A day after uttering a line that made him seem unsympathetic to the impoverished, Mitt Romney received the endorsement of perhaps the world's most self-satisfied rich man, Donald Trump.
The meeting between the pair, one of whom said recently he likes to have the ability to fire people if necessary, the other of whom has coined the reality-show slogan "You're fired!" took place Wednesday in a curtained-off area off the marble-and-chandeliered lobby of Trump International, Trump's posh hotel off the Las Vegas Strip. (There is no casino here.)
Trump came out from behind a blue curtain followed by Romney and his wife, Ann. Romney shook Trump's hand as he accepted the endorsement.
"Our country is in serious trouble," Trump said. "We really have an opportunity to do something great for the country.... It's my honor and privilege to endorse Mitt Romney. And by the way, this is a great couple," he said, looking at the Romneys, who speak often about their 42-year union.
"Mitt is tough, he's smart, he's sharp, he's not going to allow bad things to continue to happen to this country that we all love. So, Gov. Romney, go out and get 'em. You can do it."
Romney feigned a bit of surprise.
"There are some things that you just can't imagine happening in your life," Romney said. "This is one of 'em. Being in Donald Trump's magnificent hotel and having his endorsement is a delight." He added that he is also seeking the endorsement of the people of Nevada.
Trump, Romney said, has shown "an extraordinary ability to understand how our economy works, to create jobs for the American people." Romney complimented Trump for his hard-line stance against the Chinese. "He is one of the few people who stood up and said, 'You know what? China has been cheating, they have taken jobs from Americans.'"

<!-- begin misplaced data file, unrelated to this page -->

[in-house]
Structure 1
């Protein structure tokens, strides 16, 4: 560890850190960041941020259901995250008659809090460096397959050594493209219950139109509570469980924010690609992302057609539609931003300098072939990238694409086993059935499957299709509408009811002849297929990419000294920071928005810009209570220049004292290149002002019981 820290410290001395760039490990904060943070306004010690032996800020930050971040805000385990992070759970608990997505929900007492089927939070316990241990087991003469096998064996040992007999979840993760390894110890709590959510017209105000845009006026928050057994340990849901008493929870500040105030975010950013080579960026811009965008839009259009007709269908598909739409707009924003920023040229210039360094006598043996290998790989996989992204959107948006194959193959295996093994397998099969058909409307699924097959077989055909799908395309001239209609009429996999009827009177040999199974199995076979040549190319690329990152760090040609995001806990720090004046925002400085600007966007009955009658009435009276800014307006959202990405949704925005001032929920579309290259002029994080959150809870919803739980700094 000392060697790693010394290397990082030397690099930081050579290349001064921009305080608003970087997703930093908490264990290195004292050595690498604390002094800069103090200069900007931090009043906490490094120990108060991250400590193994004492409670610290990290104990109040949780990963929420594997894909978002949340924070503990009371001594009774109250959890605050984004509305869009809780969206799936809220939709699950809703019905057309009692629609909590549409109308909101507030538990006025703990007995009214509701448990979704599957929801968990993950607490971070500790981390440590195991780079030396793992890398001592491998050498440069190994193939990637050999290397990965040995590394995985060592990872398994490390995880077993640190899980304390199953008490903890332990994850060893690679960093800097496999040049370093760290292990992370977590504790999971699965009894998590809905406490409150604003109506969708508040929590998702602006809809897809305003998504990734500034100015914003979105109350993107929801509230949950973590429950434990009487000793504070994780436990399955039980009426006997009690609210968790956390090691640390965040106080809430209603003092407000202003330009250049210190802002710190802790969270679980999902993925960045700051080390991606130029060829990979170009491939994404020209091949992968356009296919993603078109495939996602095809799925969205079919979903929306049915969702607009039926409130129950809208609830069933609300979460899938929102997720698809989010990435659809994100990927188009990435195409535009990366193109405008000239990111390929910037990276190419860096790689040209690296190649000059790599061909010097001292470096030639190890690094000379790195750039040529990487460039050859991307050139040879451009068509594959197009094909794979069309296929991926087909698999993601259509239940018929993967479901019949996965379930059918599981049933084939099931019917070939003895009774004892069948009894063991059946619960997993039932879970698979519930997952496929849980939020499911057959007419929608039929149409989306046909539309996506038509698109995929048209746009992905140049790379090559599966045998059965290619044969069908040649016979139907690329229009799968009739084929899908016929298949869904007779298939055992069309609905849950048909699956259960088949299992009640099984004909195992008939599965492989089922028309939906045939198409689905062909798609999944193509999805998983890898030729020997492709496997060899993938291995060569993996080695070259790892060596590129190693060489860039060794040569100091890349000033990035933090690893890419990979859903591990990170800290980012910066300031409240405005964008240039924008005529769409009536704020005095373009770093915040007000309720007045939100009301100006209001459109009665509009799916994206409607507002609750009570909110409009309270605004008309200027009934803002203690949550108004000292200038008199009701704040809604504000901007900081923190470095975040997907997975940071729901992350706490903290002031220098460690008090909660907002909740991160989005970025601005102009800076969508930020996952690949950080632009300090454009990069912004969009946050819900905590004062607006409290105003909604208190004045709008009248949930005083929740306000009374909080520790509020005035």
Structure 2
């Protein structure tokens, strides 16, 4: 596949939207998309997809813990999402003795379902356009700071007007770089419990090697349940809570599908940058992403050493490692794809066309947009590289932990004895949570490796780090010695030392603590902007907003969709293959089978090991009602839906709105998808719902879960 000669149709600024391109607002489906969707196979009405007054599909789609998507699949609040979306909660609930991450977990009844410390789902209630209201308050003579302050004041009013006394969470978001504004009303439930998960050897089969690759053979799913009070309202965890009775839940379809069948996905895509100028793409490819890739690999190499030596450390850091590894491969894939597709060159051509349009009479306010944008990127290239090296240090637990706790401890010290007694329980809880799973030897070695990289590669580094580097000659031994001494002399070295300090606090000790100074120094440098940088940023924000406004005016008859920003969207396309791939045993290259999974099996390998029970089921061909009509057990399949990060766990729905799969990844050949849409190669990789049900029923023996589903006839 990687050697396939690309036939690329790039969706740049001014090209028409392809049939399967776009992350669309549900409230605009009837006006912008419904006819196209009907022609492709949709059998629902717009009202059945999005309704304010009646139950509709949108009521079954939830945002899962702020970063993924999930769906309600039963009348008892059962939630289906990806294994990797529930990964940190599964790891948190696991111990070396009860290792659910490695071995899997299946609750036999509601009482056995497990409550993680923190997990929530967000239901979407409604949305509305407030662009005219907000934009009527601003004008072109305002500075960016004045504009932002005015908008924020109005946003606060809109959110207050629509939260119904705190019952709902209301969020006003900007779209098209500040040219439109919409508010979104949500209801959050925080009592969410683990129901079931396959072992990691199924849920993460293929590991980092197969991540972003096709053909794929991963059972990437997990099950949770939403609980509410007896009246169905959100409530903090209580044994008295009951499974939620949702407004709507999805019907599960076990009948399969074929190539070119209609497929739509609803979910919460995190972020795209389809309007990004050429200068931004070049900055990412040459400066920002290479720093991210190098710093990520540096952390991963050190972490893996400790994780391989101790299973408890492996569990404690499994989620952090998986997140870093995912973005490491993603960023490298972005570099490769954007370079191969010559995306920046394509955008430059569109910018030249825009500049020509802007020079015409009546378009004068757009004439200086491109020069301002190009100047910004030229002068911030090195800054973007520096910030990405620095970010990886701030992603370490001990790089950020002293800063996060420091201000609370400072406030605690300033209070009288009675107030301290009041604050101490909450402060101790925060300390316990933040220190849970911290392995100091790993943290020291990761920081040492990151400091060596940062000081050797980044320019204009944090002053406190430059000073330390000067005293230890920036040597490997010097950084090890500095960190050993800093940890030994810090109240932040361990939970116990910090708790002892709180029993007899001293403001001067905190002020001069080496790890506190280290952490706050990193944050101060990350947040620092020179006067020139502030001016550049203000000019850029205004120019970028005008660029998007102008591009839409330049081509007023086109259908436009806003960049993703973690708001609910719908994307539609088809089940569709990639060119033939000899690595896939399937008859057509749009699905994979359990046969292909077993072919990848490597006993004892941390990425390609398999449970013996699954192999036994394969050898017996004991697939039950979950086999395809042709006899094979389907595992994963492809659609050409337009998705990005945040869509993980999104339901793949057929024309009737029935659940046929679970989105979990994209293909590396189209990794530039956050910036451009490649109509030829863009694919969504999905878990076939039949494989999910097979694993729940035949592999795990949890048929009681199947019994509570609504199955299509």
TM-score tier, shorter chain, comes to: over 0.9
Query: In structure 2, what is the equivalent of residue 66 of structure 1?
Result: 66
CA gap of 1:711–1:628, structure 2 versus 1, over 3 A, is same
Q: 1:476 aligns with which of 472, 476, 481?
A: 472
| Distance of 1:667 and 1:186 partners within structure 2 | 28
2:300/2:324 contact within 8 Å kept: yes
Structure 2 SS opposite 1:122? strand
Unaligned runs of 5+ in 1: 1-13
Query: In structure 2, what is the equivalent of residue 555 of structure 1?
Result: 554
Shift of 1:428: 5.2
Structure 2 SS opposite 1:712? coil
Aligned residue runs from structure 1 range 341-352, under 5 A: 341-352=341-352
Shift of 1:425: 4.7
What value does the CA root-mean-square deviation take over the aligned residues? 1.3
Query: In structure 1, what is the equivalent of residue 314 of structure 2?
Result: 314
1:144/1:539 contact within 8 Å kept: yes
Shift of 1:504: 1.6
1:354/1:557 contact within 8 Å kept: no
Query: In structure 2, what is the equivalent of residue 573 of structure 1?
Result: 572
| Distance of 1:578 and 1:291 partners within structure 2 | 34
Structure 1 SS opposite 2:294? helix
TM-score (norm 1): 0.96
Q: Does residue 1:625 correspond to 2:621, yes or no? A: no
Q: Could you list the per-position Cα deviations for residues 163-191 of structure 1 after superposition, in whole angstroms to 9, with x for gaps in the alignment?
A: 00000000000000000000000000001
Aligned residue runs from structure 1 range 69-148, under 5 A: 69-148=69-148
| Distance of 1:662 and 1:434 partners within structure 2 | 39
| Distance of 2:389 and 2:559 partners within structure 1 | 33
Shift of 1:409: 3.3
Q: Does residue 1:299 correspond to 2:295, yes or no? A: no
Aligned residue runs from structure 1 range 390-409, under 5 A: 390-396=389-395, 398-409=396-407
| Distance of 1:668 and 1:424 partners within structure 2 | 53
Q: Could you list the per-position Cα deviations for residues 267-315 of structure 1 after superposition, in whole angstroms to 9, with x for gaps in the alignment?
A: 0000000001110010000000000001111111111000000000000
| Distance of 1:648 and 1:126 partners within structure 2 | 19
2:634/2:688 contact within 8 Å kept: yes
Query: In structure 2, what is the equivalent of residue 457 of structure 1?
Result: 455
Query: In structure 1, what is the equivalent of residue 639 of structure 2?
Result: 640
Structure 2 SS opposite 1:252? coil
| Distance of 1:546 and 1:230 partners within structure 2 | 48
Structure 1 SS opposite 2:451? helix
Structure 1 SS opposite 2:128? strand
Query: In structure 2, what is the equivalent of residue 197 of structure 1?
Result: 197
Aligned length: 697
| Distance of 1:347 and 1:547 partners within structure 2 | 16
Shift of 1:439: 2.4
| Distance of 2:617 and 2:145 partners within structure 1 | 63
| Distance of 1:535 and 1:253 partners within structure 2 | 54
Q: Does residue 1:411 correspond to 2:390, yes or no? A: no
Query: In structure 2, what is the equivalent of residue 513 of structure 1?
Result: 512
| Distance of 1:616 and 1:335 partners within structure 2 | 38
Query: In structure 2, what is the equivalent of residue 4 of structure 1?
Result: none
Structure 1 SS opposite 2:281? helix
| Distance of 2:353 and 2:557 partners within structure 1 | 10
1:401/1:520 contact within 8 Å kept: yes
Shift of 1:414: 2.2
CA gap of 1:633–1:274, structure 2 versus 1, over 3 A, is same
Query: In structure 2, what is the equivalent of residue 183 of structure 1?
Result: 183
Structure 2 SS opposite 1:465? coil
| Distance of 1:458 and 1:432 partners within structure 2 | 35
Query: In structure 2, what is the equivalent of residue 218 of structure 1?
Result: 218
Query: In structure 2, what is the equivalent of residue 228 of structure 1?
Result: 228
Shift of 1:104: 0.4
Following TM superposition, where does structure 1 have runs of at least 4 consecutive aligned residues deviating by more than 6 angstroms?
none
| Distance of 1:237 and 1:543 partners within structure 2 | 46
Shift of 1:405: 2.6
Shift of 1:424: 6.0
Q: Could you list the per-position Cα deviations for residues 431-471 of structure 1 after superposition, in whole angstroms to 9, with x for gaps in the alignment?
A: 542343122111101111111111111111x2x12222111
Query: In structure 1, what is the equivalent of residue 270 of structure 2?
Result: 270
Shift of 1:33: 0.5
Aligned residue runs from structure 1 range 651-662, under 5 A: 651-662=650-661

In comments to reporters before the formal endorsement, Trump, cotton candy hair aswirl on his crown, said he had gotten to know Romney better recently and likes his positions on China and OPEC.
It is unclear whether Trump's endorsement will help Romney, who is leading in the polls here in advance of Saturday's caucuses.
Trump has tried to be a player in this election, first declaring that he might compete for the nomination, perhaps as an independent if he didn't like the eventual GOP nominee, then taking a series of well-publicized meetings with candidates and potential candidates.
Last spring, on the eve of Romney's formal announcement that he was entering the race, Trump took Gov. Sarah Palin to dinner at a downscale pizza restaurant in Times Square.
Finally, in December, Trump said he would moderate a presidential debate in Des Moines. Only former House Speaker Newt Gingrich and former Pennsylvania Sen. Rick Santorum agreed to participate at a time when there were still seven candidates competing. The debate was cancelled.
Trump's endorsement can probably be seen more as an acknowledgement that Trump prefers a winner than that he feels a true connection to Romney, who he's often denigrated.
The Democratic National Committee, sensing an opportunity, immediately posted a video on YouTube highlighting some of Trump's attacks on Romney.
"Why would the Donald do that? Why would he endorse ... a man he's already mocked as someone who 'walked away with some money from a very good company he didn't create.' A man Trump has said has a history of 'eliminating jobs rather than creating them. A man he believes 'doesn't have a chance at the Republican nomination.' But Trump and Romney do have something in common. They both like firing people."
But the lack of respect has been mutual. When Trump tried to sponsor a GOP presidential debate, Romney said he was too busy to attend. "I spoke with Donald Trump," he said at the time, "and indicated that we just can't make his debate."
In his brief comments to reporters, Trump said he is a registered as an independent, but is considering changing his affiliation to Republican. He will not launch a third-party presidential bid if Romney becomes the nominee, he said, and believes Romney can beat President Obama.
"I think if he debates the way he's been debating, I think he'll beat Obama handily," Trump told reporters. "I think he can do great."
When asked about previous criticism of Romney, he acknowledged he'd had a recent change of heart.
"I never knew him, I knew of him and respected him, but I really got to know him over the last few months. I've had numerous meetings with him."
Trump said he'd been impressed by Romney's last pair of debate performances, which many pundits have said is responsible for his solid victory in Florida where he trounced former House Speaker Newt Gingrich.
"I thought he did really well, plus he's the one person that really speaks strongly about China. ... Because China is ripping this country like nobody is ripping this country, and he's the one person that continuously mentions China and OPEC. His position is very tough and it's what it should be."
Michael Mishak contributed to this report.